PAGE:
Vincent Van Gogh (Dutch, 1853-1890). The Café Terrace on the Place du Forum, 1888. Oil on canvas. 80.7 × 65.3 cm. Kröller-Müller Museum, Otterlo, Netherlands.
I SO WANT TO EAT AT THIS PLACE SOMEDAY.
Vincent Van Gogh (Dutch, 1853-1890). The Starry Night, 1889. Oil on canvas. 73.7 x 92.1 cm. Museum of Modern Art, New York, USA.
It’s becoming clear to me that I take a great liking to paintings with stars, and it all probably comes from Van Gogh, so I might as well get his three great star-infused paintings out of the way right now.
Brian Kershisnik (American, 1962-). Young Astronomer, 2009. Oil on canvas, 66 x 84 in.
Here’s a painting that pretty much depicts where my mind is at right now. I saw this painting a year or two ago at one of Kershisnik’s shows at Dave Ericson Fine Art, an art gallery in an old house in downtown Salt Lake City. I’ve been to these shows two or three times, and every time there seems to be one or two impressively large paintings that serve as the centerpiece of the show. This was one of those paintings, and it has entered my imagination and been amongst my most favorite pieces ever since. I assume someone purchased this painting at the show; at any rate I have no idea where it now resides. Maybe this should go without saying, as it is true of most art, but this small digital image does little justice to the almost mural-sized original oil painting. I should also mention that the last time I wrote about Brian Kershisnik on this website a few years ago it led to me meeting my wife, so his art is pretty special to our family.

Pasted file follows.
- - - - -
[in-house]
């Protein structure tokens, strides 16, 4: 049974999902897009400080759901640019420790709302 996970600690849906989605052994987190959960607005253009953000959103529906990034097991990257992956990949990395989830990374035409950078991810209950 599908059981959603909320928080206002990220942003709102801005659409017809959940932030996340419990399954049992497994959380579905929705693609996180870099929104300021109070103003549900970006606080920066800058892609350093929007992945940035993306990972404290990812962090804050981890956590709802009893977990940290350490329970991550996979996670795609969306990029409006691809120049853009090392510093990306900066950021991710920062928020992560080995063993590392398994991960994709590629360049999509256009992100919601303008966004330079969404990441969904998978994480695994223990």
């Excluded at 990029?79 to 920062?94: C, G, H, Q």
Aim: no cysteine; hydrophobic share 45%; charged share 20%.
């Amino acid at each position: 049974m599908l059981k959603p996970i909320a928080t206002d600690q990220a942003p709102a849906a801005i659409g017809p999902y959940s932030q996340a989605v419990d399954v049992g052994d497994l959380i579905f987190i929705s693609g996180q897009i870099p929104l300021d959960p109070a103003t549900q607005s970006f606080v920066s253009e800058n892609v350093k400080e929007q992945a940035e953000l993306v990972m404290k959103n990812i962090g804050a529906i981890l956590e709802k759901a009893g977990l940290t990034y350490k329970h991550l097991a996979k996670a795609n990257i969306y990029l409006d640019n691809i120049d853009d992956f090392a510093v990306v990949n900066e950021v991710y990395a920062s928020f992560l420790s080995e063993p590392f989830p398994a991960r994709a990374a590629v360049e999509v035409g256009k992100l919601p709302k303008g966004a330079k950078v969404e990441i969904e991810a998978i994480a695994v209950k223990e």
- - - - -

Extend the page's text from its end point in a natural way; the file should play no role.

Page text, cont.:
You can see much more of Brian Kershisnik’s art and learn more about him at his website.
It comes with an emergency ejection system, parachute, rocket pack, regenerative environmental control and life support system (for extended space travel), and an iPod dock: pretty much everything he will need if our planet Crypton is ever destroyed. Unfortunately, it doesn’t breastfeed or change diapers.
I have to confess that this cute red bear suit with its criss-cross pattern has always secretly reminded me of Radiohead’s bear icon (courtesy of their longtime album art collaborator Stanley Donwood, I think.)
They won’t let you give tattoos or piercings in the hospital, so we had to settle for this hardcore boy bow. Made out of blue and clear plastic LEGO Technic parts and stabbed right into his skull with a needle, this is a bow a little tough guy can be proud to wear in his hair. We wanted them to safety pin it into his skin, but we had to settle for tape. Still, it looks rather good with neo-natal faux-hawk.
Turns out that it also doubles as an intravenous access device for the administering of medications, making it an extremely useful newborn accessory.
The only disappointing thing about the whole delivery experience was that, in the rush of the emergency C-section, they didn’t set aside for us the placenta. We had, of course, planned for our shaman to stew the placenta, through the ingestion of which we might have obtained the mystical powers of the ancestors and forever conquered our spirit enemies. Oh well. Mom and baby are both healthy, and really we can’t ask for much more than that.
The Froz-T-Freez staff is growing! We are currenly on-site at the Intermountain Medical Center, recruiting and training our newest member. Due to contractual restrictions, we cannot yet reveal his or her identity. However, I am prepared to admit that he is but a young, little lad.